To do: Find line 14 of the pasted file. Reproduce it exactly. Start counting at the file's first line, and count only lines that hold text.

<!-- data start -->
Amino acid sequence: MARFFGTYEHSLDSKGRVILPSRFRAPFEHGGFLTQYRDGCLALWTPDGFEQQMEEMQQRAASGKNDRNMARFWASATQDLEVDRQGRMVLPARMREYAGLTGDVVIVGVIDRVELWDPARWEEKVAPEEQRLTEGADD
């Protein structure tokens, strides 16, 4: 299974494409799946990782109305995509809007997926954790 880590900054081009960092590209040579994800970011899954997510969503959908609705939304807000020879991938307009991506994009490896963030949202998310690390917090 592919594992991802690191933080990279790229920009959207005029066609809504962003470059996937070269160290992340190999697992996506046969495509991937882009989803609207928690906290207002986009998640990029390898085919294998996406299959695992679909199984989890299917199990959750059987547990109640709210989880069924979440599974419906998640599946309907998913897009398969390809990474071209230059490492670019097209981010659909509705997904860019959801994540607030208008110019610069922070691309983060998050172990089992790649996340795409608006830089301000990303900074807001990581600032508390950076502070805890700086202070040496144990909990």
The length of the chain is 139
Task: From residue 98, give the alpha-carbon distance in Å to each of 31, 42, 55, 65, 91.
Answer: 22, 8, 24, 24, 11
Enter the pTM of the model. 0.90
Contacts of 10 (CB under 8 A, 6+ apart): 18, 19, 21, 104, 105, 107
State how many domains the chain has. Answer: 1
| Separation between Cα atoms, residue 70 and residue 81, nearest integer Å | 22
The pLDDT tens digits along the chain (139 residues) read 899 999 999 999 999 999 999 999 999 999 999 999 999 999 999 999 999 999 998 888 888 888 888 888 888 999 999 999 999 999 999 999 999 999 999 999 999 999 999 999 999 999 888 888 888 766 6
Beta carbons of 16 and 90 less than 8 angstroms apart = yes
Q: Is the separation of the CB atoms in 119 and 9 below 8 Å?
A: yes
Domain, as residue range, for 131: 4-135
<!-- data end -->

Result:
Domain, as residue range, for 131: 4-135